In an intriguing new book, In 100 Years: Leading Economists Predict the Future, climate change plays a prominent role in most forecasts
Without access to the Malaysia Airlines flight’s data and voice recorders, investigators have little chance of learning what went wrong
Party leaders haven't abandoned him. He may actually be in a stronger position than he was a year ago
While Apple agreed to pay $32.5 million in refunds and build barriers to keep kids from spending on in-app purchases, Google says little
Public opinion polls in India are often rigged in exchange for envelopes of cash
How a dedicated and determined group of engineers—many of them Google or Y Combinator alums—worked to save Obamacare
Microsoft's Xbox One sales need a big boost from exclusive game Titanfall
European MBA programs compete with top-tier U.S. schools for the best students at home and abroad
States are investing in big data technologies, sharing information, and pursuing additional strategies to collect unpaid taxes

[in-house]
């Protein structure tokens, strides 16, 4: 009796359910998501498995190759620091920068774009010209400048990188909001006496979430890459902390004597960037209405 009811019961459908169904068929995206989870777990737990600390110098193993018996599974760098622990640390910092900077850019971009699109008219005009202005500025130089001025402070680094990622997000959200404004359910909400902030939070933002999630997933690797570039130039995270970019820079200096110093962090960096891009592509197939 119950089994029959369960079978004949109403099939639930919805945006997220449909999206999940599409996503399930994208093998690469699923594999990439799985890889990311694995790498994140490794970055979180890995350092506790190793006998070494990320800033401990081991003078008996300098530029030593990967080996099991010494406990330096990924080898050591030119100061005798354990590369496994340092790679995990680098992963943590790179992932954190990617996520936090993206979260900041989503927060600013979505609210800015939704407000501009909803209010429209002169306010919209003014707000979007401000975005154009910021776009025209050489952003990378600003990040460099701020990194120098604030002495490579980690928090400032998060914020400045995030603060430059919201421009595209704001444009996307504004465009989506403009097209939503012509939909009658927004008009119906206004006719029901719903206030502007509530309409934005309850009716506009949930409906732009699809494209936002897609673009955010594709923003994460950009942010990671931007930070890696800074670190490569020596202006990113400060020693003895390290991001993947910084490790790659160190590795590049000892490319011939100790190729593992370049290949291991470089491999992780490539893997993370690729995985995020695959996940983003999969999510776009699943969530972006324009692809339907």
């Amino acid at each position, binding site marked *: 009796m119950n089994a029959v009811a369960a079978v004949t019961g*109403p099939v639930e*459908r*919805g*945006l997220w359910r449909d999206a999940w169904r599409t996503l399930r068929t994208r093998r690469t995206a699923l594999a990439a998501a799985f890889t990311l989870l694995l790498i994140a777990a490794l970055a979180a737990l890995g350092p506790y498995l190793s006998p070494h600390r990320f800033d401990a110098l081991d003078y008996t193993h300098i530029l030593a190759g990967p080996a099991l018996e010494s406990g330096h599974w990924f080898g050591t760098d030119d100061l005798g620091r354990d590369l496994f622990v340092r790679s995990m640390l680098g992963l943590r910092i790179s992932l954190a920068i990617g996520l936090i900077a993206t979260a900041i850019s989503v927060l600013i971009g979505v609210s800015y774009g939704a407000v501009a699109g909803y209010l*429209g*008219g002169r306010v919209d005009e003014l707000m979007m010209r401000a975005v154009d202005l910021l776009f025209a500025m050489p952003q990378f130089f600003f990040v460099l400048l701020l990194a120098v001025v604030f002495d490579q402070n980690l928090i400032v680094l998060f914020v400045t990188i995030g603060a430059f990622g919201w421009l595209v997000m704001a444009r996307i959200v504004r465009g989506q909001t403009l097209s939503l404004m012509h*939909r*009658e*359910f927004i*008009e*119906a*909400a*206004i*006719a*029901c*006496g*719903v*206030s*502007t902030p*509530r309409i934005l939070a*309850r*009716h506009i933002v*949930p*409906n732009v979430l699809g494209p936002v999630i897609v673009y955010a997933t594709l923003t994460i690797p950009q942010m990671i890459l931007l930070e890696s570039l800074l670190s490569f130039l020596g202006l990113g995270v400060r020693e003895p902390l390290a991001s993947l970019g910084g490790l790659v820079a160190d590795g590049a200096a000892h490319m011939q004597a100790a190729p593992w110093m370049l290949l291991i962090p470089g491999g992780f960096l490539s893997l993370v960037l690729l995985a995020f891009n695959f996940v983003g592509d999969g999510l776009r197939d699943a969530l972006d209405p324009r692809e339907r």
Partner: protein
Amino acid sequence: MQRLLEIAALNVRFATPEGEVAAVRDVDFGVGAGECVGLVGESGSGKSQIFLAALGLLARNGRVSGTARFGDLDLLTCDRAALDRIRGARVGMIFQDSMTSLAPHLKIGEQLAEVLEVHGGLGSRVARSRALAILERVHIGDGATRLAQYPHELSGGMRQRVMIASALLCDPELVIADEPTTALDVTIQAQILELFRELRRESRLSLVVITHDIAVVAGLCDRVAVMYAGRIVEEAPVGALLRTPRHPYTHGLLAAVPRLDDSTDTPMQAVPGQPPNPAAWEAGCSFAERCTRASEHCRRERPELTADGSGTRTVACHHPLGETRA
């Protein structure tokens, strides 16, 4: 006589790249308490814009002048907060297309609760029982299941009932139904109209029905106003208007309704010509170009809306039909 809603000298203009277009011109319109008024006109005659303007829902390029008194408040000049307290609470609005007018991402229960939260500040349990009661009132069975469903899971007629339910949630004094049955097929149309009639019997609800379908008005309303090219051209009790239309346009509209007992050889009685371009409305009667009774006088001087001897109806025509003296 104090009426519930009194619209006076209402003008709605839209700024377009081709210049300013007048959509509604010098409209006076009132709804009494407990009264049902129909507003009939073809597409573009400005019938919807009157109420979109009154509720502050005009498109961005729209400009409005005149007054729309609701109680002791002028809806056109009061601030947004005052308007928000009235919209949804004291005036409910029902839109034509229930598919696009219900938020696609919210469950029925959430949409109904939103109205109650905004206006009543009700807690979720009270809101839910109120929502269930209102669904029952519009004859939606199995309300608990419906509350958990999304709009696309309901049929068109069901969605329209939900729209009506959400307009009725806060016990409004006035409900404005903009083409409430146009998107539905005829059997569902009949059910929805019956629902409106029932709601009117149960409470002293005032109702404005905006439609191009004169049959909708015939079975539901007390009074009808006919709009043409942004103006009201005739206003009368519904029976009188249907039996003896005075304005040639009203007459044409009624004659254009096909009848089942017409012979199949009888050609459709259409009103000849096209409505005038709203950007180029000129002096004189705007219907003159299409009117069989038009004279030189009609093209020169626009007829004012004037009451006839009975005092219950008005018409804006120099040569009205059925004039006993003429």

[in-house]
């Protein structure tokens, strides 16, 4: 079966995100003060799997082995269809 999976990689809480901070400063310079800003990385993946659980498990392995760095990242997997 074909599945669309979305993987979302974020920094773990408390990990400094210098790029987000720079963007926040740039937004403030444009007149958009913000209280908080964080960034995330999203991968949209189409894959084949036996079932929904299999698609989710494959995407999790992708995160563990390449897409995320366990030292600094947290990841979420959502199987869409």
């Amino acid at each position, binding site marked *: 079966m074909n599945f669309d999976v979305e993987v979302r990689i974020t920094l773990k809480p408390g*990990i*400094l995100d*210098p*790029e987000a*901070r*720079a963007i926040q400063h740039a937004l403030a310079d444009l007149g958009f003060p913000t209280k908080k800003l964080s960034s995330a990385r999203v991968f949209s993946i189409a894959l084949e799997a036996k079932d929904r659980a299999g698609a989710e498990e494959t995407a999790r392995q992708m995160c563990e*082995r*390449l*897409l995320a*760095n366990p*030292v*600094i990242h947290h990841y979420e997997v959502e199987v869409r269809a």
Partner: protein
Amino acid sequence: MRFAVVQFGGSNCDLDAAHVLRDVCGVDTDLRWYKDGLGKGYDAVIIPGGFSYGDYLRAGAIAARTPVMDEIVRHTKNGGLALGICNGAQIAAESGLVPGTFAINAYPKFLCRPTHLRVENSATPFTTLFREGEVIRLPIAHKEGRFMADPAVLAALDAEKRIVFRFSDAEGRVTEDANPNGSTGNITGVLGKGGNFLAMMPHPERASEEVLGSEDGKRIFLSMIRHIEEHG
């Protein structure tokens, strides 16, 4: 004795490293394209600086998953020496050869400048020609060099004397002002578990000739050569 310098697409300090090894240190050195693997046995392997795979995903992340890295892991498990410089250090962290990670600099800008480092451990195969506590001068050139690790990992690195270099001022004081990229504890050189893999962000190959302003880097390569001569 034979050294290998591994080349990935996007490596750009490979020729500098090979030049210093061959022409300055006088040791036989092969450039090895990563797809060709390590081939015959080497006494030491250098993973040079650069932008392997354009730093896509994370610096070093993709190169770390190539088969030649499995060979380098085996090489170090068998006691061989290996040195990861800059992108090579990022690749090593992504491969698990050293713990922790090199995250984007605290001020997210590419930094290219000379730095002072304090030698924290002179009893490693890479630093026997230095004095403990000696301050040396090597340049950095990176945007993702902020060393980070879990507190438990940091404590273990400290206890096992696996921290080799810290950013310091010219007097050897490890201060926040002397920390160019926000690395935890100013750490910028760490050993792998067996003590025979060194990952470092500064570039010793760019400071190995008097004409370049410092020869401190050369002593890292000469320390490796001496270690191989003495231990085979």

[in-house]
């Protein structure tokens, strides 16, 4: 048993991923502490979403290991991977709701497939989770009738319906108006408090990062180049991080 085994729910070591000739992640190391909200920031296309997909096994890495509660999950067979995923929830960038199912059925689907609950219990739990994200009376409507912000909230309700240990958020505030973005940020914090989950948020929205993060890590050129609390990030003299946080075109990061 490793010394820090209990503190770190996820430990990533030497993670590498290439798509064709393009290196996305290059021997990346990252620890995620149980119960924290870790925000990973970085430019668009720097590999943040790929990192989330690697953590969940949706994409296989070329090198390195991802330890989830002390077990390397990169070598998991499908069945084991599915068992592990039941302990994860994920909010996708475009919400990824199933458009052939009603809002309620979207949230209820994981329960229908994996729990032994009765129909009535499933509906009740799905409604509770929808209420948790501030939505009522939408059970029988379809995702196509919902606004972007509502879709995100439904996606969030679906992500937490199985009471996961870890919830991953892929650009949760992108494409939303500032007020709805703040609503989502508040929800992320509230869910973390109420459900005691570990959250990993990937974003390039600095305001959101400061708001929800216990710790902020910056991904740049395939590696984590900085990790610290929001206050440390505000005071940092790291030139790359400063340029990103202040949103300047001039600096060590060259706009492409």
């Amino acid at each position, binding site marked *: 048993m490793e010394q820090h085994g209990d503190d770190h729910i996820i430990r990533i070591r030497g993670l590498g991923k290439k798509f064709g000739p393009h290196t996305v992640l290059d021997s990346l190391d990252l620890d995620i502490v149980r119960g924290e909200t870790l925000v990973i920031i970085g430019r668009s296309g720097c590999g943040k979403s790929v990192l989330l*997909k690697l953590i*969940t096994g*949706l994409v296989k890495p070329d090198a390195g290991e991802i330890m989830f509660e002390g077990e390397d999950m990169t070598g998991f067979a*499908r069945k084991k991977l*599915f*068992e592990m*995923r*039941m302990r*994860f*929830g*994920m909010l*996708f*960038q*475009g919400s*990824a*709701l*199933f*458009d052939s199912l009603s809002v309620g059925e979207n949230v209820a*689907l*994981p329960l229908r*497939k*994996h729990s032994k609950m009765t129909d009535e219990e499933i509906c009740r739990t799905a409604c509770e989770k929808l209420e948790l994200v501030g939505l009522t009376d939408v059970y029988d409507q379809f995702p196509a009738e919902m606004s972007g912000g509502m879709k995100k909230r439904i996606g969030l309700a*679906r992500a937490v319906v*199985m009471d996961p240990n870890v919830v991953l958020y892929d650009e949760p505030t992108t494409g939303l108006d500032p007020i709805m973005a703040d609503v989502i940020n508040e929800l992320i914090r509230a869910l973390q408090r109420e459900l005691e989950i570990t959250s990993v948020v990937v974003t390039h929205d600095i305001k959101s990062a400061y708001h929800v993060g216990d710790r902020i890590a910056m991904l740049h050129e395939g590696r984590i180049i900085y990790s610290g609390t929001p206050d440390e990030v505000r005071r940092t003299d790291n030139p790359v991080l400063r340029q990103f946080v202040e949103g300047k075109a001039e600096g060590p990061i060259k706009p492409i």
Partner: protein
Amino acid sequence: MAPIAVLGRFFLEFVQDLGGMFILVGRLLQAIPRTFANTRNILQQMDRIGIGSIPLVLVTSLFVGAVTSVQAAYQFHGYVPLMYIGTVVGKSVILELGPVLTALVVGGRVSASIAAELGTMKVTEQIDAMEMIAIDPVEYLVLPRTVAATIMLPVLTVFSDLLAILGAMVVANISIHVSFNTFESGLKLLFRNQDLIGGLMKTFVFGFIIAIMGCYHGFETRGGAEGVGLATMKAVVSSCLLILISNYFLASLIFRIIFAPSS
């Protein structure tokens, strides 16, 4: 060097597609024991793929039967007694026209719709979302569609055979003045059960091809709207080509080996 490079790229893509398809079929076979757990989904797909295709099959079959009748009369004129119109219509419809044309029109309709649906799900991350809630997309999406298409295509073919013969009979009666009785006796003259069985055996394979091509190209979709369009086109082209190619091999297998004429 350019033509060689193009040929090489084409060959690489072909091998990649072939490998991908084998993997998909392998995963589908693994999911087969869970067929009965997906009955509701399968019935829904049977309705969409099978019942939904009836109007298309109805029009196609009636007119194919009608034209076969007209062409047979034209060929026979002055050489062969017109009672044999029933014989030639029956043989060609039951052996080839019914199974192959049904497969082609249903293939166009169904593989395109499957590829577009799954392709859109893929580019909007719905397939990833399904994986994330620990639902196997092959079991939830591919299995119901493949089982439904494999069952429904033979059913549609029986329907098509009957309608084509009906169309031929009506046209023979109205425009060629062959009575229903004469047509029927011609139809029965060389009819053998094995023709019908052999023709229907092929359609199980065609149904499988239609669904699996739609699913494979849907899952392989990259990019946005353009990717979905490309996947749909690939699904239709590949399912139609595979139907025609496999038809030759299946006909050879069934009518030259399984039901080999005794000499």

For Lucy Whittle, starting a trucking business seems like the obvious move. She owns a truck, given to her by her ex-husband. She knows the industry. She's even driven big rigs. After getting laid off from Comcast while on disability last year, Whittle is tired of losing jobs because of factors out of her control. "Besides," she says grimly, "who's going to hire a 54-year-old woman with a back problem? I'm a liability to employers. But I'm not a liability to myself."
Whittle can't get over a sole hurdle: She needs $15,000 to buy the insurance necessary to put her truck on the road. But her husband's $32,000 salary as pastor of a local church doesn't allow much for saving. And her credit history, by her own admission, is shoddy, making her a poor candidate for a bank loan. Until she can find the money to get started, her 18-wheeler will collect dust in a Fresno truck yard.